By Michael Lipin Shahram Bahraminejad, VOA
The mother of an Iranian citizen-journalist who has been jailed in Iran for four years says her son has been on a hunger strike for a month to raise awareness about poor conditions at his prison.
In a phone interview with VOA Persian broadcast on Wednesday, Farangis
Mazloom said her activist son, Soheil Arabi, began refusing food a month ago at
the Great Tehran Penitentiary. She denied rumors that Arabi had committed
suicide and shared with VOA Persian a recent
audio recording of him speaking
In the minute-long recording, Arabi said he was on a hunger strike to end inequality at the Great Tehran Penitentiary, where he said conditions were "worse than you can imagine." He said the prison had incarcerated thousands of young people and turned them into addicts of drugs such as heroin in order to enrich prison wardens engaged in drug trafficking.
Arabi ended the recording by stating his name and dating it as recorded in Khordad, the current Persian month that began on May 22. VOA Persian could not confirm Arabi's assertions about conditions at the prison because it is barred from reporting inside Iran.
Arabi has been imprisoned since November 2013, when security agents of Iran's Islamic Revolutionary Guard Corps (IRGC) arrested him at his Tehran home.
The U.S.-based Center for Human Rights in Iran (CHRI) has said authorities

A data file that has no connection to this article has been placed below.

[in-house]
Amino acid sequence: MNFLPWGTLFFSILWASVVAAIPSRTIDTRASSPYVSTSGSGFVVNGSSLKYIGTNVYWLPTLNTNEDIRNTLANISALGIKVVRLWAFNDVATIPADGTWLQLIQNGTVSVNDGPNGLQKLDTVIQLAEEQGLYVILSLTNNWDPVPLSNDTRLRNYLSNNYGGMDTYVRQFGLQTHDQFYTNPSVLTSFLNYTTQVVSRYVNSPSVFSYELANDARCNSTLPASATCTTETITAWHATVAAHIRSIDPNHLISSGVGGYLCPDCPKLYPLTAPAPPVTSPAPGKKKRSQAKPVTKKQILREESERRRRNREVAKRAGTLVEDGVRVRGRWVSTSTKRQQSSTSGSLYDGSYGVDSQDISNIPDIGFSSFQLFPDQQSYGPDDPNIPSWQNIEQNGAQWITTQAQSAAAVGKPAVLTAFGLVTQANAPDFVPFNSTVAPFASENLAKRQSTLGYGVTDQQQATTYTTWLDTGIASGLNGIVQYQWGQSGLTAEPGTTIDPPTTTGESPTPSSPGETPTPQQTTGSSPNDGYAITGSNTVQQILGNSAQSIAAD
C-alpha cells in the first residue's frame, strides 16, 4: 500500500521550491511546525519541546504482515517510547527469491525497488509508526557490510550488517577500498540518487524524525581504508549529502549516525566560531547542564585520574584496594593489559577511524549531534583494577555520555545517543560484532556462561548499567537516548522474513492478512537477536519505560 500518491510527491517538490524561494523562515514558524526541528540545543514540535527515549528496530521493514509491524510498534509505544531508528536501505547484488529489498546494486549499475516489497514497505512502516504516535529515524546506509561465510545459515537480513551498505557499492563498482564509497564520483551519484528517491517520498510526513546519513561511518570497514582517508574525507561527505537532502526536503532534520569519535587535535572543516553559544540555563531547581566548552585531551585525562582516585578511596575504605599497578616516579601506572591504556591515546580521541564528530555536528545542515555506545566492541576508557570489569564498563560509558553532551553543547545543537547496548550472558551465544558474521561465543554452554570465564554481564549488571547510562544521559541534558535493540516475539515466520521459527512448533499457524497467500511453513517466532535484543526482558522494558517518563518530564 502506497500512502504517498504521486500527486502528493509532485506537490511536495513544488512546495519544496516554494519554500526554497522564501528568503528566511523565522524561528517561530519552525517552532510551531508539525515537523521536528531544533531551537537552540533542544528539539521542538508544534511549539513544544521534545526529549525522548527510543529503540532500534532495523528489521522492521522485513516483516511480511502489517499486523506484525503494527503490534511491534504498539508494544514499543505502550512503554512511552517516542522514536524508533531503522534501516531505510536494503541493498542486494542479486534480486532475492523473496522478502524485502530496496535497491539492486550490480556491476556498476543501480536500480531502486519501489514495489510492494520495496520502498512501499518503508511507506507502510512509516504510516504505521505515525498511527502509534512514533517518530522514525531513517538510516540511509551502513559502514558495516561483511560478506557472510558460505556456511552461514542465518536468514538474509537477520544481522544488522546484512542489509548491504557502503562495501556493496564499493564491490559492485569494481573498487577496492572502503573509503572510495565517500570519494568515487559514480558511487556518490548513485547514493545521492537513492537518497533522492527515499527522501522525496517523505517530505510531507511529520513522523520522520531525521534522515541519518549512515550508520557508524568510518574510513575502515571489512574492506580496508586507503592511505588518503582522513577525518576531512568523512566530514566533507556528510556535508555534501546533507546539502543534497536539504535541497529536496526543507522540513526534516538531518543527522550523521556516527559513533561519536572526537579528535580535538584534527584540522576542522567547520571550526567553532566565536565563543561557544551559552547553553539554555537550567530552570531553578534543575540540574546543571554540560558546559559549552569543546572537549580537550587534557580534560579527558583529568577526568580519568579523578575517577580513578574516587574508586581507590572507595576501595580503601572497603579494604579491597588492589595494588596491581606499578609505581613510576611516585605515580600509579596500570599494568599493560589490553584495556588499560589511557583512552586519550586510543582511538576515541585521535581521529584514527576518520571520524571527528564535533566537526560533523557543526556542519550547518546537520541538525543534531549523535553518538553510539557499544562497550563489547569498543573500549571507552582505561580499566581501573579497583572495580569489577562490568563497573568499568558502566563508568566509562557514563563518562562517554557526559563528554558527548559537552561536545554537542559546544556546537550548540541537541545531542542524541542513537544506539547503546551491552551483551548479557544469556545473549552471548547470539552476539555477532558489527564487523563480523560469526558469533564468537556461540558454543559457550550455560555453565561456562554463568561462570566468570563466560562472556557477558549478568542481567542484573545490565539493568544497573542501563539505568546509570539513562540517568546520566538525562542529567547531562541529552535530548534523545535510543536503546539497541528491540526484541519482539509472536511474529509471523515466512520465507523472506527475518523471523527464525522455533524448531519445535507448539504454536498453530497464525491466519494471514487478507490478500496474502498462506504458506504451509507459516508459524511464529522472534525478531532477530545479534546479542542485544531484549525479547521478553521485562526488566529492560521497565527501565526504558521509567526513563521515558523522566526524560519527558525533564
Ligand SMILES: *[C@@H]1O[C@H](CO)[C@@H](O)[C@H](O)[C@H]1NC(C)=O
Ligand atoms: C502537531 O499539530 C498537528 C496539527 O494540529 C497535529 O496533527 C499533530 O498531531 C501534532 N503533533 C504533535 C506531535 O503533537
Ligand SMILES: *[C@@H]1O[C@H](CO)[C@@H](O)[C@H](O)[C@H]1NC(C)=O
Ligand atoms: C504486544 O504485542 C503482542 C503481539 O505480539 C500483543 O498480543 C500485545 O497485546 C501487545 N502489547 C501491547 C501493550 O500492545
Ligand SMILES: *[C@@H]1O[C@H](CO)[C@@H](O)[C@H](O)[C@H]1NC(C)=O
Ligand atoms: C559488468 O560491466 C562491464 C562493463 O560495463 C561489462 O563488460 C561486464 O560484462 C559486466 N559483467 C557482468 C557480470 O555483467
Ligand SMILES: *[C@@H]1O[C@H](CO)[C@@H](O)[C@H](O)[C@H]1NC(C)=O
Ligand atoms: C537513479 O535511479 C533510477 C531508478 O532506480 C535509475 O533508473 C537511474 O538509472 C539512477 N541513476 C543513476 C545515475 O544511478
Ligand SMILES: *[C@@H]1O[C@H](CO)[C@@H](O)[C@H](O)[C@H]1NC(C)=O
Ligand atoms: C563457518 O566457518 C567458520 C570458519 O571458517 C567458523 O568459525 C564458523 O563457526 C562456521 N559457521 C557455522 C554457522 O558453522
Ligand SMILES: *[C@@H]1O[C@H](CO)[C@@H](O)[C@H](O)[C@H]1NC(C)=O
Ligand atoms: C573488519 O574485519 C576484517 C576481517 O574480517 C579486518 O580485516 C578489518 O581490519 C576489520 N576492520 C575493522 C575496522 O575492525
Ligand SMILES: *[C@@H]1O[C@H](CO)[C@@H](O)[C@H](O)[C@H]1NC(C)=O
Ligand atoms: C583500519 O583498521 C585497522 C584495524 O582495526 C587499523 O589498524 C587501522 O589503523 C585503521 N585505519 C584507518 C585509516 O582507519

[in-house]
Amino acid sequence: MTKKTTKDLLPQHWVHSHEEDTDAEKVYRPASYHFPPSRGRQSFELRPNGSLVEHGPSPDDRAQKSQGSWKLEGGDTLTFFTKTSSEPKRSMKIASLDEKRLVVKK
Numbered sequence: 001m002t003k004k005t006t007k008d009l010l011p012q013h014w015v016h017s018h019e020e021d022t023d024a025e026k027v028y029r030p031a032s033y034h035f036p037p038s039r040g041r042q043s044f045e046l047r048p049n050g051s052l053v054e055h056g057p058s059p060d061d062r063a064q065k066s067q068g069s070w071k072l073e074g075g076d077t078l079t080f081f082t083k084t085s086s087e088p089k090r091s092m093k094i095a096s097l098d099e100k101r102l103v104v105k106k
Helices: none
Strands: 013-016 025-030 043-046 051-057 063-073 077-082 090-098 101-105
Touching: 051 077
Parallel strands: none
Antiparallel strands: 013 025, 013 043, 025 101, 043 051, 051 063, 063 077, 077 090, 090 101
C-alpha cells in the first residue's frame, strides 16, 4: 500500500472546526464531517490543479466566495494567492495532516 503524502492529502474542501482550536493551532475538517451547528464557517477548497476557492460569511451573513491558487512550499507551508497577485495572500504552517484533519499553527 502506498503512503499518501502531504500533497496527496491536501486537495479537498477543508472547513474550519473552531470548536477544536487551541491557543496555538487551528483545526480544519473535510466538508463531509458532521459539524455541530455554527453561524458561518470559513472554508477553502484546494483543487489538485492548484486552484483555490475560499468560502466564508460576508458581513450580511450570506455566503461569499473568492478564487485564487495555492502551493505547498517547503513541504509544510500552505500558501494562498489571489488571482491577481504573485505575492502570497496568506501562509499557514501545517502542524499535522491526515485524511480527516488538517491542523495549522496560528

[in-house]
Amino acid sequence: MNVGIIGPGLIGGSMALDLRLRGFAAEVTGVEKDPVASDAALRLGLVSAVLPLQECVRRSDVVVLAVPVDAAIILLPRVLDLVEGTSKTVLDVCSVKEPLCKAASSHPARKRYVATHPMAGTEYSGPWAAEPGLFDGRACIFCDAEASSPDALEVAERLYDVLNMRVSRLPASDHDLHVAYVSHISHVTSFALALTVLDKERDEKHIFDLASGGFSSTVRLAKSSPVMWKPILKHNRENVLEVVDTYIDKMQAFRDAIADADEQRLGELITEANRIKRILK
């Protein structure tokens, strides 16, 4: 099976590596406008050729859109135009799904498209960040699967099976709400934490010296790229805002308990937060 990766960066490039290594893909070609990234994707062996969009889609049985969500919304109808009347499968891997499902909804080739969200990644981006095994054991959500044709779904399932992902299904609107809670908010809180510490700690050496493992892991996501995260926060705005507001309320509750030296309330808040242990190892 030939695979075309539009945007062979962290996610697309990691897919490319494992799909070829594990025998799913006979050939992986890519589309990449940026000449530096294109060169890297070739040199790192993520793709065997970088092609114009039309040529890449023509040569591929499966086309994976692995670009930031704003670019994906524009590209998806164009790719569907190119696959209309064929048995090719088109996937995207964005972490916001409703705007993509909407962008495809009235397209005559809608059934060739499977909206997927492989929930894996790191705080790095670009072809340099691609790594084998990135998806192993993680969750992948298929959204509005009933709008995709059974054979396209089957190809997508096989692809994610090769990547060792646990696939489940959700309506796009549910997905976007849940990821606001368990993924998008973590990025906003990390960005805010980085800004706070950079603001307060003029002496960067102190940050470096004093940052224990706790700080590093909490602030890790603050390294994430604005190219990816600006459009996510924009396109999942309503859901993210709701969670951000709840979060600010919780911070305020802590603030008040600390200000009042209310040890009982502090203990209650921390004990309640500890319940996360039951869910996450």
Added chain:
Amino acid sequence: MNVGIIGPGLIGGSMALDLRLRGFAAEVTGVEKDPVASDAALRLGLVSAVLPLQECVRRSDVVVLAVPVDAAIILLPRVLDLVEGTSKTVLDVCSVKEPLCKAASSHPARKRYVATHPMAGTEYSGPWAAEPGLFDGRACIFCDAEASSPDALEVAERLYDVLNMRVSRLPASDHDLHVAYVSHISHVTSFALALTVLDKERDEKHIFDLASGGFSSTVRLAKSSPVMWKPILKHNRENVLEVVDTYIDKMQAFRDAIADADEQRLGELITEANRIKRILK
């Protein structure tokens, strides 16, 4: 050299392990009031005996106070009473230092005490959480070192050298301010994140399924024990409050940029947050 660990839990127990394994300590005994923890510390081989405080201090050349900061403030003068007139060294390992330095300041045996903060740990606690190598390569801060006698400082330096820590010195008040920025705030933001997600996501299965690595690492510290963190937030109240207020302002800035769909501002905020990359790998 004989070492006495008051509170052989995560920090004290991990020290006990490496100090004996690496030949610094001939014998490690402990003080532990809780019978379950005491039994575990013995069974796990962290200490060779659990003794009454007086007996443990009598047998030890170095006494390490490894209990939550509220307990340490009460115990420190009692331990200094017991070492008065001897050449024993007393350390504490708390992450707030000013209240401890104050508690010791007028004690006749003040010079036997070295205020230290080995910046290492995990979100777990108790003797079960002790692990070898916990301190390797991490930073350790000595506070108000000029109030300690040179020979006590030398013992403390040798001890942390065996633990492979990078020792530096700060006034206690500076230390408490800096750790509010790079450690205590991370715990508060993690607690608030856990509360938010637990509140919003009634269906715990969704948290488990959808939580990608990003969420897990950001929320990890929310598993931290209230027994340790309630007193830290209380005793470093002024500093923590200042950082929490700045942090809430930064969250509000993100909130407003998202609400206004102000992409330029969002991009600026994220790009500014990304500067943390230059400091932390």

charged Arabi with "insulting the Prophet [Muhammad]" in comments posted on
Facebook. It said Arabi initially was sentenced to death but got the sentence
reduced on appeal to 7 1/2 years in prison with two years of religious studies to
prove his repentance, and a two-year ban on traveling abroad.
Last year, Arabi wrote several letters while being detained at Tehran's Evin prison, stating that he began another hunger strike in late August and sustained it for at least a month. At the time, CHRI said Arabi was protesting IRGC harassment of his wife and relatives.
In a September statement, media rights group Reporters Sans Frontieres (Reporters Without Borders) said it was "extremely concerned" about the prison conditions of detained journalists and citizen-journalists in Iran, especially those such as Arabi who were on hunger strikes or ill. RSF added: "More and more Iranian prisoners, including journalists, are risking their lives by going on hunger strikes in protest against prison conditions or mistreatment, or simply to demand proper medical care."
This report was produced in collaboration with VOA's Persian service.
About the author: Michael Lipin covers international news for VOA on the web, radio and TV, specializing in the Middle East and East Asia Pacific. Follow him on Twitter @Michael_Lipin
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